2. Circle (2015)
This movie is the very definition of simplistic in its best and most basic way. A large group of people wakes up in a giant circle and every minute one of them dies. Nobody knows why they’re there or what they’re supposed to be doing and by accident they discover they can vote on one another to die. What ensues is a game show like spectacle where alliances are made and speaking up can get you killed next.
Circle is that Netflix hidden gem that shows up on everyone’s screen at least once. It’s a movie that puts you right into the action and doesn’t hold back on its views of racism, homophobia, and even ageism as one of the younger characters decides, “Old people first”. The movie is its own experiment, pitting characters from many different backgrounds and seeing how they’d interact. While some of its more politically driven narrative eventually falls by the wayside and doesn’t amount to much, it’s still a socially relevant and very entertaining experience.
If you’re looking for over the top, Circle isn’t the movie for you. It’s not flashy; it’s not over the top. It’s just straightforward whose-next entertainment. While the ending may leave most viewers a bit underwhelmed, it’s the ride that makes it well worth the viewing.
3. Splinter (2008)
If there were a mysterious monster chasing after you where would you run and hide? Hopefully your answer wasn’t in a gas station in the middle of nowhere with two wanted felons that have you hostage. For the case of our main characters in Splinter that is exactly where they find themselves. What ensues is a fight of life or death and an alliance against a much greater threat that appears to attack sporadically and without motive.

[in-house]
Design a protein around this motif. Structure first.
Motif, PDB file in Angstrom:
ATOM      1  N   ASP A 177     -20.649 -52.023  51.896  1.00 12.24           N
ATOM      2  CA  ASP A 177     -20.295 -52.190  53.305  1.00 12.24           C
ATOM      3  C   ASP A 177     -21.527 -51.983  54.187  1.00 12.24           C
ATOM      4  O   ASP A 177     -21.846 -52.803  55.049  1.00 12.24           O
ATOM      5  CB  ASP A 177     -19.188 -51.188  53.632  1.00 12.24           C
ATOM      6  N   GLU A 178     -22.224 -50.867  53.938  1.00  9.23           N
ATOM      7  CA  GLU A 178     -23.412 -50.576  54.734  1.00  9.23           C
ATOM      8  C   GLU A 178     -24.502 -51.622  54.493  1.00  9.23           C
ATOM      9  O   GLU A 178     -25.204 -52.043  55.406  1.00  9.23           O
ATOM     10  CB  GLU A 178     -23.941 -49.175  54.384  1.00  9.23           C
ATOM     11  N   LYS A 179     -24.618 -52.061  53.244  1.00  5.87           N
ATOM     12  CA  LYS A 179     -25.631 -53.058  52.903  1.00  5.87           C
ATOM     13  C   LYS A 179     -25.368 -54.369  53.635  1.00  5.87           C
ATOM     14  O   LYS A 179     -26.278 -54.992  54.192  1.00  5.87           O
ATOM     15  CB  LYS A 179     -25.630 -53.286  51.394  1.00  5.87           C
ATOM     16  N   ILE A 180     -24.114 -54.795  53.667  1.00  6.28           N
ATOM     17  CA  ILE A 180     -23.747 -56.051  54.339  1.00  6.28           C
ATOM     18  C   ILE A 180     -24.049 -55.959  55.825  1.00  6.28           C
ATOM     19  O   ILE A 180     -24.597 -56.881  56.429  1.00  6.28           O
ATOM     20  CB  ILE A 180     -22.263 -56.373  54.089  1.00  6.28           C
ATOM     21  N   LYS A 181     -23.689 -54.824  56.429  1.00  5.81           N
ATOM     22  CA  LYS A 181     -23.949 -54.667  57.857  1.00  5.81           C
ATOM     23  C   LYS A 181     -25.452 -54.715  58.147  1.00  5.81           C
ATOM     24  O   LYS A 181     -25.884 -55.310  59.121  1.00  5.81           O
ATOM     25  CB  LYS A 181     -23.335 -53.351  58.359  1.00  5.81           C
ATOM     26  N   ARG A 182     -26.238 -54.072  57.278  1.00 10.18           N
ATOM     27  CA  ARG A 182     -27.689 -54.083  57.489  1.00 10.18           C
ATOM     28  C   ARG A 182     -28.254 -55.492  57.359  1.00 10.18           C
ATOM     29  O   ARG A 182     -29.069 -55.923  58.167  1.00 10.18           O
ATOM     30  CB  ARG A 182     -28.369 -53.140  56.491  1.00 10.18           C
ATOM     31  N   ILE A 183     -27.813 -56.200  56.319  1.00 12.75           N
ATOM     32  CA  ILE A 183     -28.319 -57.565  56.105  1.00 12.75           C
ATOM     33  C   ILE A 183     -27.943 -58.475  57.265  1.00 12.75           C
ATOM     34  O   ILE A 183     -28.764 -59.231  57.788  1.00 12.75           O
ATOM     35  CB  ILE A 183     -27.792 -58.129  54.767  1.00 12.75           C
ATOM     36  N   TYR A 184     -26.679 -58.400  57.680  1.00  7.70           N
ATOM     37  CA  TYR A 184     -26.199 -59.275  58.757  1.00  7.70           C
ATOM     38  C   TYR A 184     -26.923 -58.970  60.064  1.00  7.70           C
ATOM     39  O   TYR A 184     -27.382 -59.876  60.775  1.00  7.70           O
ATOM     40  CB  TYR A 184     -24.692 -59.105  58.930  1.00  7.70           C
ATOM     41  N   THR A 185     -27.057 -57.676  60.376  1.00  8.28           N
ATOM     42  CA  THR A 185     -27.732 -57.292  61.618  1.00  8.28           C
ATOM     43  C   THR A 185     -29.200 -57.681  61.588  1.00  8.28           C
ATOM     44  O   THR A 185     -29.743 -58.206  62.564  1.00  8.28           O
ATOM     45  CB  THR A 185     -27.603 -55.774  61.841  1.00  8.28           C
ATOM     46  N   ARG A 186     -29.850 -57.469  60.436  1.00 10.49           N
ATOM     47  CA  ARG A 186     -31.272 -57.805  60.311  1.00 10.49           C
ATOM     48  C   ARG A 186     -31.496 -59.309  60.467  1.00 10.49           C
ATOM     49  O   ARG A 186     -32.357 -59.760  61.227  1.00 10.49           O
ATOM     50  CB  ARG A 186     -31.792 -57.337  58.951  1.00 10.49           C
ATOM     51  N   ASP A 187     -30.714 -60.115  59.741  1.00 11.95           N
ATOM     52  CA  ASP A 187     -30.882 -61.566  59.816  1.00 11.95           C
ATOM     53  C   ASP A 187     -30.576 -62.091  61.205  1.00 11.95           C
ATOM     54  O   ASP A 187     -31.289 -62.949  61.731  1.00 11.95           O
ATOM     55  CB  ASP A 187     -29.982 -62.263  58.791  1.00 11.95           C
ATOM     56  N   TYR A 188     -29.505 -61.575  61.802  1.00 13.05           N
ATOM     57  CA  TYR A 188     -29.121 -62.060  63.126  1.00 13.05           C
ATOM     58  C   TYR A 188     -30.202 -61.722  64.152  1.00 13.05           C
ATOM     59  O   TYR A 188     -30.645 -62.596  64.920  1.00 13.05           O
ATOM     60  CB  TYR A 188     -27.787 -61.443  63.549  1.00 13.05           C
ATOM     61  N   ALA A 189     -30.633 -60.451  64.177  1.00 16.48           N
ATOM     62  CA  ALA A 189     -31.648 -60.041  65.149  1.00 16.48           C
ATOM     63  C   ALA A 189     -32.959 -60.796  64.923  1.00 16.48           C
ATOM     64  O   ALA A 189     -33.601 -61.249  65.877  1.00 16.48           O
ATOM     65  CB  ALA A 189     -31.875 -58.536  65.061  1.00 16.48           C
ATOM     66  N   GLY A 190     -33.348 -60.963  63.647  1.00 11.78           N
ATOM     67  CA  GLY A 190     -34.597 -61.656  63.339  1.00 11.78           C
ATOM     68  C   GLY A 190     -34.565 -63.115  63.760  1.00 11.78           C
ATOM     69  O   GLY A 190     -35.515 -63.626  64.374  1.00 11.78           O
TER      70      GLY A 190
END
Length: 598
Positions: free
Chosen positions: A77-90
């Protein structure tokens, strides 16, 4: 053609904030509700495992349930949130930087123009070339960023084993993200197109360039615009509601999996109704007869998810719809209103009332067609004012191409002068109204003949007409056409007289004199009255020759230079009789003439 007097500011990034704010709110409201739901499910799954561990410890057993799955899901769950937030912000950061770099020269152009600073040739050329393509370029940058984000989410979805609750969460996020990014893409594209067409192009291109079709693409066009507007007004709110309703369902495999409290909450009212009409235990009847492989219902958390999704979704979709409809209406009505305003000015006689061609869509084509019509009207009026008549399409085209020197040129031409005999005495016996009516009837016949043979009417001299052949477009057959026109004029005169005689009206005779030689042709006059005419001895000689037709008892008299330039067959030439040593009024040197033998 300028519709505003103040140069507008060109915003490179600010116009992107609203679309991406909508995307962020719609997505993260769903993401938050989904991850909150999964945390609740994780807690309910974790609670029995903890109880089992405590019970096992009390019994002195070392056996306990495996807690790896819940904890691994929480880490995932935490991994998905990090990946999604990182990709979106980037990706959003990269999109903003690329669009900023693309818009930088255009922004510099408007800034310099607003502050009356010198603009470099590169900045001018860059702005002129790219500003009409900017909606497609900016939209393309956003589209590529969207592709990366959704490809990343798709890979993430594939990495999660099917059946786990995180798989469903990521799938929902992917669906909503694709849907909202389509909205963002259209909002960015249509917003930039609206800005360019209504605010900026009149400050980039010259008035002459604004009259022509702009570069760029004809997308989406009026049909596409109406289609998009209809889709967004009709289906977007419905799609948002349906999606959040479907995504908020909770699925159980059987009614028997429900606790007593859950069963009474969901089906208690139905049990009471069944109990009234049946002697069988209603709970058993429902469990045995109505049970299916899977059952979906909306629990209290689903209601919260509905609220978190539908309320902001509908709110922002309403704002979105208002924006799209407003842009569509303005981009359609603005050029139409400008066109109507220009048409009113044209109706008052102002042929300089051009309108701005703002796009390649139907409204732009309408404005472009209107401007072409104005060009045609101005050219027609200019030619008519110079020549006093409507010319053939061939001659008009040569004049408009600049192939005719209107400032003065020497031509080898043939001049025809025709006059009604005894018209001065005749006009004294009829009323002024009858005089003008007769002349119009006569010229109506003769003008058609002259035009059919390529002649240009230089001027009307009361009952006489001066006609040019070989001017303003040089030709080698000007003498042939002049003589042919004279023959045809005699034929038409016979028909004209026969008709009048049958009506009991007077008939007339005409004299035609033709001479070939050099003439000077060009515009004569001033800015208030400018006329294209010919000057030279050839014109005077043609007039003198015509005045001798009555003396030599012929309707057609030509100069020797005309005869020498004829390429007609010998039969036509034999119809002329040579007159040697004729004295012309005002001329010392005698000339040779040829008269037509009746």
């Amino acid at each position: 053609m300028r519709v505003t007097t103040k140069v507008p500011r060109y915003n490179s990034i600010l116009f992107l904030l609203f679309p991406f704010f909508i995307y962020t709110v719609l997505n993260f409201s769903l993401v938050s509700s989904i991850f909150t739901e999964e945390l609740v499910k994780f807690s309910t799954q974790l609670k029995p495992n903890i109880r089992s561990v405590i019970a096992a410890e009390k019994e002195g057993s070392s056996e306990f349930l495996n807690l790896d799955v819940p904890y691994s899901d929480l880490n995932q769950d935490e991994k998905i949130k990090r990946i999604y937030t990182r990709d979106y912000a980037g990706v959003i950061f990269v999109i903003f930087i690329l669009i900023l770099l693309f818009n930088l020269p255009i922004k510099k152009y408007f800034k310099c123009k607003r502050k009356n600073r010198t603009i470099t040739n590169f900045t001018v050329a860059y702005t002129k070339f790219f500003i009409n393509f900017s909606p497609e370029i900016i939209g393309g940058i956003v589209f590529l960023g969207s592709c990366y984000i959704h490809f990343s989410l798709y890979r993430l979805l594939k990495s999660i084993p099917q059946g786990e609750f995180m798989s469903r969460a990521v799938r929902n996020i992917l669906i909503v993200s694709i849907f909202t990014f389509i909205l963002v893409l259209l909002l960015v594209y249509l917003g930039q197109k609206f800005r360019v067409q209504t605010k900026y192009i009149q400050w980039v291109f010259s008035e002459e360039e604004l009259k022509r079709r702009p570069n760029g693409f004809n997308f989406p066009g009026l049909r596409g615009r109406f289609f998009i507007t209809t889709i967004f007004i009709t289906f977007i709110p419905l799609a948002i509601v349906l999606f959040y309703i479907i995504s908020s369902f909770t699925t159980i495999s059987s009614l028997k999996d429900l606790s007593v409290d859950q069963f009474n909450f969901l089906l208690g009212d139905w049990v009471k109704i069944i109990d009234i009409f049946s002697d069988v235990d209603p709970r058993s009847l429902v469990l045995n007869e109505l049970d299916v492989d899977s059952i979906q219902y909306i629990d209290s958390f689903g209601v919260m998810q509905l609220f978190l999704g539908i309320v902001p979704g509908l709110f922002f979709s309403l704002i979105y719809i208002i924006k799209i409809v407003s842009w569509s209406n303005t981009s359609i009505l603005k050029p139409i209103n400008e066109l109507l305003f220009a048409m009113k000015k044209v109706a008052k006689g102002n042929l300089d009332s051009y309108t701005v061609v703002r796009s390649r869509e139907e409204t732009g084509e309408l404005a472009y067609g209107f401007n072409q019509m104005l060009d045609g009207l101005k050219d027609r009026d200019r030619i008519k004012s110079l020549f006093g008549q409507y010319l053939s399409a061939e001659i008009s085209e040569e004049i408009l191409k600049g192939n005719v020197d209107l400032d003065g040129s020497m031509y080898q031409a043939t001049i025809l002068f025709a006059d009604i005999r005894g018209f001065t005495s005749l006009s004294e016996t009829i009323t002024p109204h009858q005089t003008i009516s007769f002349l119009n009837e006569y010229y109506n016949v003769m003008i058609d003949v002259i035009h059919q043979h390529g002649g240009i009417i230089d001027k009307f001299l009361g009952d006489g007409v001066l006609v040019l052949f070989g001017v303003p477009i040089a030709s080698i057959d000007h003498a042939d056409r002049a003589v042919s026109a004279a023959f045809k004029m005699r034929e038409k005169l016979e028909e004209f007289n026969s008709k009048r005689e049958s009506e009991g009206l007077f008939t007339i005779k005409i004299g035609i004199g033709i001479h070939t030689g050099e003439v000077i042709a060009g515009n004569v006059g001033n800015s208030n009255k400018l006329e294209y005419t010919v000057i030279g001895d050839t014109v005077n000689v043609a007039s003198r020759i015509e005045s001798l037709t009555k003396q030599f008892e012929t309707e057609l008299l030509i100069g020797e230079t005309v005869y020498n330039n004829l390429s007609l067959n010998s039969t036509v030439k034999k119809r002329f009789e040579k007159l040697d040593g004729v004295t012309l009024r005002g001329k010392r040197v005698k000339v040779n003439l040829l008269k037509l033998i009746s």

Apart from a fairly mediocre opening scene Splinter is a fantastic low budget monster gore-fest. The creature design is uniquely unnerving and the way the characters discover more about it is intelligent and well written. But the highest point of Splinter is the performances from its three leads, most notably Shea Whigham who soon after appeared in films like Silver Lining Playbook and The Wolf of Wall Street. These actors are what really sells and drives the film and the direction from Toby Wilkins perfectly ties it all together.
4. Rogue (2007)